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J Histochem Cytochem. 2015 May;63(5):340-9. doi: 10.1369/0022155415573323. Epub 2015 Jan 30.

Characterization of Angiogenesis and Lymphangiogenesis in Human Minor Salivary Glands with Sjögren's Syndrome.

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Department of Oral Biology, School of Dental Medicine, The State University of New York at Buffalo, Buffalo, New York (ADM)
School of Dentistry, University of Utah, Salt Lake City, Utah (OJB)


Angiogenesis has been proposed to play a role in the inflammation observed in Sjögren's Syndrome (SS). However, no studies have validated the degree of angiogenesis in salivary glands with SS. Therefore, the goal of this study was to determine the presence and localization of angiogenesis and lymphangiogenesis in salivary glands with SS. We used frozen tissue sections from human minor salivary glands (hMSG) with and without SS in our analyses. To investigate signs of angiogenesis, hMSG tissue lysates were used to detect levels of the pro-angiogenic protein vascular endothelial growth factor (VEGF) by western blot analyses. Additionally, we labeled blood vessels using antibodies specific to platelet endothelial cell adhesion molecule-1 (PECAM-1) and von Willebrand Factor (vWF) to determine blood vessel organization and volume fraction using fluorescence microscopy. Lymphatic vessel organization and volume fraction were determined using antibodies specific to lymphatic vessel endothelial hyaluronan receptor (LYVE-1). Our results suggest that expression levels of VEGF are decreased in hMSG with SS as compared with controls. Interestingly, there were no significant differences in blood or lymphatic vessel organization or volume fraction between hMSG with and without SS, suggesting that angiogenesis and lymphangiogenesis have little impact on the progression of SS.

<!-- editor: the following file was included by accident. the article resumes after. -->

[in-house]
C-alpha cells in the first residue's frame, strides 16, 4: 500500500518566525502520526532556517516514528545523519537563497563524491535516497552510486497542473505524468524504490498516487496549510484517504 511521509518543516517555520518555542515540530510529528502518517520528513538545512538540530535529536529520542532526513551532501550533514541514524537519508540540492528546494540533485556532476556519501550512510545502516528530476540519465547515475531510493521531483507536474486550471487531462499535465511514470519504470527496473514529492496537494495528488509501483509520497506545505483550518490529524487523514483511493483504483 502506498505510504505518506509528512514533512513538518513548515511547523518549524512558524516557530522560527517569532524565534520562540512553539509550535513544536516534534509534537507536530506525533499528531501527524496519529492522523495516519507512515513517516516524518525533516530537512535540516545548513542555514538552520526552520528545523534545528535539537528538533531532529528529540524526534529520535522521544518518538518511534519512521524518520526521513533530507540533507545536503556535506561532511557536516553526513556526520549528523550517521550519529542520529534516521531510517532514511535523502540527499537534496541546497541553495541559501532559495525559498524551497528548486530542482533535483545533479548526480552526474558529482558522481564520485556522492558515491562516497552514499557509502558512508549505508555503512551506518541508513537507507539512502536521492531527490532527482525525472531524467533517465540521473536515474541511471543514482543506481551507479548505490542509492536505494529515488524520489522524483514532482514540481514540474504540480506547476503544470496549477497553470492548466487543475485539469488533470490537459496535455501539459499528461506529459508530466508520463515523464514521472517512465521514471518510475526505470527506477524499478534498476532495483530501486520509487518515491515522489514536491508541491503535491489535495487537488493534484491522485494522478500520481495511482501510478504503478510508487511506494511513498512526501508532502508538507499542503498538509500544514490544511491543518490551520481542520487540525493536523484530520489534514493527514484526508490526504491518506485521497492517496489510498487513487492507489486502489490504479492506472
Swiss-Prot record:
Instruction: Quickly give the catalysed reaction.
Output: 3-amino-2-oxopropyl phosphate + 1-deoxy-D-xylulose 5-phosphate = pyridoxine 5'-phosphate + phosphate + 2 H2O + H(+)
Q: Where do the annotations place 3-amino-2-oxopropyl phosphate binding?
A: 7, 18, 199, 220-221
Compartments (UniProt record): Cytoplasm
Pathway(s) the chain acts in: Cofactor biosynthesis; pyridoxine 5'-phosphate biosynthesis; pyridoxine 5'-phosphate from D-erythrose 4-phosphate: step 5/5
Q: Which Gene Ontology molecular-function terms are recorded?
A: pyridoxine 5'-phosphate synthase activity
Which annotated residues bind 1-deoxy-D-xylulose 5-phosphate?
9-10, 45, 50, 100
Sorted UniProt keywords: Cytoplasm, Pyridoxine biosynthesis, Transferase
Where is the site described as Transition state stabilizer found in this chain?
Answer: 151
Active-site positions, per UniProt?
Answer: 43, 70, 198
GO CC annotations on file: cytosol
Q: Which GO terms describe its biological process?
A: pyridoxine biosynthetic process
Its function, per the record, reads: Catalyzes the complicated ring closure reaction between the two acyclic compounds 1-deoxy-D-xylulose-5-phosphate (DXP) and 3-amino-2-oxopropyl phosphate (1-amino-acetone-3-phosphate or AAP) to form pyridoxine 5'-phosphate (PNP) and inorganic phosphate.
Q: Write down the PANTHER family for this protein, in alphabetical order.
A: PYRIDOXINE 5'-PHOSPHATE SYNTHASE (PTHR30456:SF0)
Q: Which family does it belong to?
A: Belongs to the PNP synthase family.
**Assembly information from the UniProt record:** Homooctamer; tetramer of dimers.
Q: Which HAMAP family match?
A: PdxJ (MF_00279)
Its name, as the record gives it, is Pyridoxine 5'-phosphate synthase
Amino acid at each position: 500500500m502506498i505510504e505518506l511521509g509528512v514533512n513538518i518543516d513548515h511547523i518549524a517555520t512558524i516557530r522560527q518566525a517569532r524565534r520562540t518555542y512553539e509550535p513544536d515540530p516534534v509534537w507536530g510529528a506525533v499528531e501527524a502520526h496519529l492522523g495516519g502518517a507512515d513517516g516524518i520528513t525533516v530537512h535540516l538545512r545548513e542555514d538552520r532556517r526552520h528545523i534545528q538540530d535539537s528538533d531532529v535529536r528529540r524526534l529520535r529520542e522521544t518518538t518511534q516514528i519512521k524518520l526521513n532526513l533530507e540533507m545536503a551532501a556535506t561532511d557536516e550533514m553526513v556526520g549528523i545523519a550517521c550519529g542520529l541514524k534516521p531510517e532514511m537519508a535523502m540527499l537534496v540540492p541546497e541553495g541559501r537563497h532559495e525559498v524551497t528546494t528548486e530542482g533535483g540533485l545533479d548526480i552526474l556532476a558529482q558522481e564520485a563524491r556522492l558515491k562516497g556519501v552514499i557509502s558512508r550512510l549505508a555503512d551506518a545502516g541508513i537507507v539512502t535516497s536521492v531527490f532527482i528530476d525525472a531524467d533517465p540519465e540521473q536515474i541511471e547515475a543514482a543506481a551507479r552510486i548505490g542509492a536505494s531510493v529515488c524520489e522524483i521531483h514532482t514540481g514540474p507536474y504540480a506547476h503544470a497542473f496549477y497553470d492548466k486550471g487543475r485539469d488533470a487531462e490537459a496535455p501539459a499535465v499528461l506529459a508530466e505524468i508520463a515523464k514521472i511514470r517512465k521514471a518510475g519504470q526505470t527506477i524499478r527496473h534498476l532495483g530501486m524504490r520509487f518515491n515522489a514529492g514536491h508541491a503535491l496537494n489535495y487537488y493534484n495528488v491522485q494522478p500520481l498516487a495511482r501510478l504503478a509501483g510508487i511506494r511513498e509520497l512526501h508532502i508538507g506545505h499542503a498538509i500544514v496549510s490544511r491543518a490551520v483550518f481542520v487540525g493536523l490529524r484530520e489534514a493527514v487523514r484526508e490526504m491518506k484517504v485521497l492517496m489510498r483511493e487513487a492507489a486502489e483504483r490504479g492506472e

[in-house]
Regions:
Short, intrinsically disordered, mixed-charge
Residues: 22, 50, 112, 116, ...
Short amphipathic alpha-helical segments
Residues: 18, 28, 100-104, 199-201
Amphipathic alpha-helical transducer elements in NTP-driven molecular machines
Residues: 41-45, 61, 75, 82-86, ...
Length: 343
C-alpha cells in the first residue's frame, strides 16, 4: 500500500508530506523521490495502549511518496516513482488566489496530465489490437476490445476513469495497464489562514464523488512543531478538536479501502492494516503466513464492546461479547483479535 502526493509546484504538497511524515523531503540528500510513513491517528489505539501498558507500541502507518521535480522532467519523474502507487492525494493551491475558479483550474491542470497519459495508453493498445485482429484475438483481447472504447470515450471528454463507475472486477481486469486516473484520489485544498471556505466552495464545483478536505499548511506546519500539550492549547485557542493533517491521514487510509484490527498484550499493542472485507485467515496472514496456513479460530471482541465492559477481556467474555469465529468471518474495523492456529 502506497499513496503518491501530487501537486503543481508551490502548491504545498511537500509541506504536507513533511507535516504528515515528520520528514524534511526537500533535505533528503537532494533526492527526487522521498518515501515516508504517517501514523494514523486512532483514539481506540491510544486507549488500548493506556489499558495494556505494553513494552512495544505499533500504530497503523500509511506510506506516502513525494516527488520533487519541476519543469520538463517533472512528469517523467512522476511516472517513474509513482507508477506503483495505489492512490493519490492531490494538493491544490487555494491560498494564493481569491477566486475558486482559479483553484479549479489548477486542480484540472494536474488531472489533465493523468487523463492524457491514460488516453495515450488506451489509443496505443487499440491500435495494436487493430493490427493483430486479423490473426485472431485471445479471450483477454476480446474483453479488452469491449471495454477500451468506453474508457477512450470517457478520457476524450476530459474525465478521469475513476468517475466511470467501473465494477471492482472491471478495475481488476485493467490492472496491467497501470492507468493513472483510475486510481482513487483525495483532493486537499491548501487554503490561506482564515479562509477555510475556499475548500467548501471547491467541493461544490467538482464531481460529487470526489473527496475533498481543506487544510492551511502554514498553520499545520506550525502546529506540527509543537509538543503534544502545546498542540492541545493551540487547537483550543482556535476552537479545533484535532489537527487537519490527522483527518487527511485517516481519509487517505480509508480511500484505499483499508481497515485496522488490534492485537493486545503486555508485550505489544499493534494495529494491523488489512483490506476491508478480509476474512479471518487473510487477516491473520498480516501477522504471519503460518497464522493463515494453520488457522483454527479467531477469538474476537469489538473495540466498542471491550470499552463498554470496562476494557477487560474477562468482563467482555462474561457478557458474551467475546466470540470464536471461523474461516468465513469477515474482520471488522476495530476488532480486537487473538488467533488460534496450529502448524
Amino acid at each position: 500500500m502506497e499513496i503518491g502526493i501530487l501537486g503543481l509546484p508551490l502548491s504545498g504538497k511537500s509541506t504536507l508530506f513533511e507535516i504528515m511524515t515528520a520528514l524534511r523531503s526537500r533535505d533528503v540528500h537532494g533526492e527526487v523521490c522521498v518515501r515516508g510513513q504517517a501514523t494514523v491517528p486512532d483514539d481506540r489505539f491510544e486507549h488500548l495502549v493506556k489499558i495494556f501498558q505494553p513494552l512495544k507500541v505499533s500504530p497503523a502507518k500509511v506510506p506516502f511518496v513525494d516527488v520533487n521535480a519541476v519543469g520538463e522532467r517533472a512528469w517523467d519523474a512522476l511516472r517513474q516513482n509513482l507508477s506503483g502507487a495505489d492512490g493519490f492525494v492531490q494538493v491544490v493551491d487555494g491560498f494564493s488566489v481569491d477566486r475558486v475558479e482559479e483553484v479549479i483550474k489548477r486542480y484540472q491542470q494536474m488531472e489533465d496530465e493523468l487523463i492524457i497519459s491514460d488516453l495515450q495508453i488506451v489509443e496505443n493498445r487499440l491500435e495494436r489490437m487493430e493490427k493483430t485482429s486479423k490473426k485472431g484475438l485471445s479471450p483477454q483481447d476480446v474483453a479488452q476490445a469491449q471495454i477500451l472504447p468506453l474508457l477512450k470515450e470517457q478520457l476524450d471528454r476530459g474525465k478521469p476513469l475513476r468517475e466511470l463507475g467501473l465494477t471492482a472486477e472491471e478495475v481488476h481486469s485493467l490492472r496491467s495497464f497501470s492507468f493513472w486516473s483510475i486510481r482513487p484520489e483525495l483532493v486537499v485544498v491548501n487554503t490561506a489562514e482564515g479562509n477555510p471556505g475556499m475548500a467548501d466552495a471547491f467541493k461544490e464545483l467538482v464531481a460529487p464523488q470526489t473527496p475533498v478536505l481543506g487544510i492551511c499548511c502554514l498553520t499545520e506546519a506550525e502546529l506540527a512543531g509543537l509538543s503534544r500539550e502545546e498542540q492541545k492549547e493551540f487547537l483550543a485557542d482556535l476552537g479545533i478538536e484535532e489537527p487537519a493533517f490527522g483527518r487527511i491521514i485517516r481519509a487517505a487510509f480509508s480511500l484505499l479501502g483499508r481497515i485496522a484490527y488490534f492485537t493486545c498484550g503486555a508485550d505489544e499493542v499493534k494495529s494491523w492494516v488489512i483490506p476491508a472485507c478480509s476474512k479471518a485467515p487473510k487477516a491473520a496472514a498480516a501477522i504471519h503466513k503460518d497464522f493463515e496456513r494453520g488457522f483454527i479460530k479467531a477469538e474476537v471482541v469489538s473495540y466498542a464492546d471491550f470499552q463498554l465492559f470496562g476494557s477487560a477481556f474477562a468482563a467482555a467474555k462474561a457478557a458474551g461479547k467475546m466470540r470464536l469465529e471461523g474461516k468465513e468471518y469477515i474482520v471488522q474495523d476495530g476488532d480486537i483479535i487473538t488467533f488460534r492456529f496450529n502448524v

PECAM-1; VEGF; lymphatic vessels; minor salivary glands; neovascularization; rheumatic disease; von Willebrand Factor

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